7a. Kardinia (8 August)
After three weeks without a senior match, North sent a mixed team down to Geelong to play the local Kardinia team. Under the leadership of Patterson, North, playing with only nineteen men, won the toss and had first use of a slight wind. According to the local Geelong Advertiser, the ground consisted of sand hummocks and miniature lakes and here and there dangerous looking chasms. Why such a piece of ground had been chosen was incomprehensible and did not help the players. There was a much better ground nearby.
Unexpectedly, the Kardinians dominated the game for the first forty five minutes, after which a rush by North gave Sutcliffe a chance to score, but the ball was swept away again and kept at the other end until half-time. Kardinia dominated again in the second half until, after fifty minutes, North refused to continue the game, saying that five o’clock was the agreed time to finish. The locals were upset at this and had the right to claim the match, although it did not count in North’s official matches.
8. East Melbourne (15 August)
North played their second match against East Melbourne at the Melbourne ground in front of a large number of spectators. Although only twelve of their players turned up, East had the better of the game in the first half but could not score. Then, just before half-time, North worked the ball close to their opponents goal and scored. East Melbourne equalised after missing several chances. But Sutcliffe scored again for North to win the match. Best for North were Fuhrhop, Sutcliffe and Hassett.
9. Brunswick (22 August)
North had an easy win over Brunswick at Royal Park scoring two goals to none. Byrne and Gillman were the goalkickers.
North seconds played West Melbourne seconds and, although the match was reported as a draw, North claimed that they had kicked a goal. West claimed it was scored after time had expired, but North claimed it was kicked a minute before. The final decision is not known.
10. St Kilda (29 August)
For the third time of the season, these two teams met, this time at the Royal Park. The first match was a draw, the second a hard-earned win to North. But this one was a clear cut win to North. Having the wind in the first half, many easy chances were missed by North and no goals were scored. In the second half, however, two goals were kicked by James Robertson. Sutcliffe, the goal sneak did not play or there may have been more goals. Hassett, Fuhrhop, Patterson and Mclean were North’s best.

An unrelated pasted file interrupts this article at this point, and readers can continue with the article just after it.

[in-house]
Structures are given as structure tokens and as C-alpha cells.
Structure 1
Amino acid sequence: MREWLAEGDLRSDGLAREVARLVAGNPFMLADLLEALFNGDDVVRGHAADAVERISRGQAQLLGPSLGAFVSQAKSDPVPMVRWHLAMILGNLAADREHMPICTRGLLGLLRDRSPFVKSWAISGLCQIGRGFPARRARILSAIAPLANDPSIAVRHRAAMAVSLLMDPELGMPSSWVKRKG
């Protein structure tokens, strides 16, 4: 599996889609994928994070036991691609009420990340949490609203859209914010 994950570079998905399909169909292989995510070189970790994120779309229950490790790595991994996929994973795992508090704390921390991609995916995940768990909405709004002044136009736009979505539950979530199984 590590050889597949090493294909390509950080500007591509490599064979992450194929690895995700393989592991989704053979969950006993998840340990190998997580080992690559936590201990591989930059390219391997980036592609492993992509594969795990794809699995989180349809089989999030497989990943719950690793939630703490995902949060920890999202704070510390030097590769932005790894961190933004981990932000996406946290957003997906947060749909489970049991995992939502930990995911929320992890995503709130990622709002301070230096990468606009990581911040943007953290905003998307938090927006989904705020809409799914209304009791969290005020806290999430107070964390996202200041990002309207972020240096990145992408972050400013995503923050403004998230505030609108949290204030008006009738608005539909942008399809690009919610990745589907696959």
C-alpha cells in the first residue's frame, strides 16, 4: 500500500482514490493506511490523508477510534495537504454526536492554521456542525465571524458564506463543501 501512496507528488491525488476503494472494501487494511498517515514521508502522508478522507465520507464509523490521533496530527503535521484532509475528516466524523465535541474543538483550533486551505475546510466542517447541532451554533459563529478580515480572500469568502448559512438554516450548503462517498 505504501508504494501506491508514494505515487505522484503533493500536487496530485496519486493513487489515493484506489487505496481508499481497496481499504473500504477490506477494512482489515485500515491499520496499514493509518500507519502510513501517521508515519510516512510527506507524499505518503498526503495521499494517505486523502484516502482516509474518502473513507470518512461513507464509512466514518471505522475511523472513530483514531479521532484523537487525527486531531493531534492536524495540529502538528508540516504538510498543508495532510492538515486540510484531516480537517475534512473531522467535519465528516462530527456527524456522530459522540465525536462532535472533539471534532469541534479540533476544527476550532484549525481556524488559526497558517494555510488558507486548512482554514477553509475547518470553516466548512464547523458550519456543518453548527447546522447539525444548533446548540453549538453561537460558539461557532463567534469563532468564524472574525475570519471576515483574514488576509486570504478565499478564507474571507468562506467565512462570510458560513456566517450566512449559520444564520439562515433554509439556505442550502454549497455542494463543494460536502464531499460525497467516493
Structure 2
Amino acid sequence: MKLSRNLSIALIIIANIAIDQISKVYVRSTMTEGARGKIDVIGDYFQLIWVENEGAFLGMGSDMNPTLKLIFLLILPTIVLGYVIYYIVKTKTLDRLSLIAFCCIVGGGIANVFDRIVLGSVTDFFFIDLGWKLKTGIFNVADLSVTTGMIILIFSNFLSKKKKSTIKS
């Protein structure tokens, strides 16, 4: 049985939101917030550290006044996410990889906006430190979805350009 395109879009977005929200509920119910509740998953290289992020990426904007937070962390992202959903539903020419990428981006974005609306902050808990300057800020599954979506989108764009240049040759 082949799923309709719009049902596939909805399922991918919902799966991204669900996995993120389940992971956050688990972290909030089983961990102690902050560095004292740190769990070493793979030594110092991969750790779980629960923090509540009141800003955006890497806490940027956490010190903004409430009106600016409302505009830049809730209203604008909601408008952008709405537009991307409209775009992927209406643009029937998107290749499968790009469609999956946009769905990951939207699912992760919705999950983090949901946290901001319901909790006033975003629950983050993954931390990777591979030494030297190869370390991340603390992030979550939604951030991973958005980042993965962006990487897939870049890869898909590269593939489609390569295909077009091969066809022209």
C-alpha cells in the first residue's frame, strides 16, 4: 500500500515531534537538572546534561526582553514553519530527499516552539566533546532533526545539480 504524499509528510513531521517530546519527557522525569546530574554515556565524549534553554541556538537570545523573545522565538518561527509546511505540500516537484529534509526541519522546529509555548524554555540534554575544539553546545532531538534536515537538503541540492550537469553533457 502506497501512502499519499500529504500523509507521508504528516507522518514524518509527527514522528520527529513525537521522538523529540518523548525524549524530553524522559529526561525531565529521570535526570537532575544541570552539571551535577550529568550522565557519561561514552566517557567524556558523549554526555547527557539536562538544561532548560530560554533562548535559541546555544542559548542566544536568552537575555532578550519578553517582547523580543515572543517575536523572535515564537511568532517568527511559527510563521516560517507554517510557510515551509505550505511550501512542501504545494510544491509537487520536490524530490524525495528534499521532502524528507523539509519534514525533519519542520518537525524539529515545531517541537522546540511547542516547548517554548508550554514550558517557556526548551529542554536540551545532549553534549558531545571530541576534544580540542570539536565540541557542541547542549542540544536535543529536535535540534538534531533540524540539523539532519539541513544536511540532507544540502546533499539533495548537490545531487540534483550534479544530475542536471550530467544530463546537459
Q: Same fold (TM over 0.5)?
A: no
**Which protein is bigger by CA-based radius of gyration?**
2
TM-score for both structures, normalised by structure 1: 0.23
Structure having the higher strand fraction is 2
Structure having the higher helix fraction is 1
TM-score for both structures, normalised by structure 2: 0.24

The match against Carlton at the Royal Park ended after twenty minutes. North had drawn the previous encounter and was confident of doing well again against the undefeated Carlton. But both teams brought much jealousy and animosity into the game. This had existed between the two for years, being adjacent to each other and recruiting their players from the same area. And it quickly surfaced in the rough way both teams played.
After twenty minutes of butchery, a dispute arose between Carlton player Blanchard and North player Traynor. The umpire, seeing that his decisions were no longer respected, walked off the ground. The Carlton team followed suit, called off by their captain Donovan, who feared there would be an all-in brawl between players and spectators. Whilst most blamed North Melbourne for the abandonment, Carlton were notoriously sore losers and no doubt contributed.
On the same day, a fight ended the StKilda-Albert Park match at half-time, and junior teams Carlton Imperial and West Melbourne brought their match to an end over some disputed point.
Carlton announced that they would not play North again, and would request the other senior teams not to.
12. Albert Park (12 Sep)
The match at the Albert Park ground resulted in a win for Albert Park, who managed to score a goal. The match from beginning to end was played in a very friendly manner, with not one single altercation.
This was the last match played by the senior team for the year. They played a scratch match the following week, Then the week after that the second twenty had arranged to play Kardinia at Royal Park, but the Geelong-based side failed to turn up, possibly as a result of their previous match against North being terminated early.
North finished fourth of the five metropolitan senior clubs. Their leading goalkicker was R. Sutcliffe with four. Carlton did not follow through on their threat not to play North again, but Melbourne did. Taking exception to a letter sent by North’s secretary at the end of the season, Melbourne wrote to North at the beginning of 1875 as fixtures were being arranged asking North to retract certain statements made. North refused.
In 1875 there would be further ill-feeling with Carlton and Carlton Imperial and their reputation and that of their fans was not good. With three senior teams now refusing to play them, their position was difficult. This and other factors led to an amalgamation with Albert Park in 1876.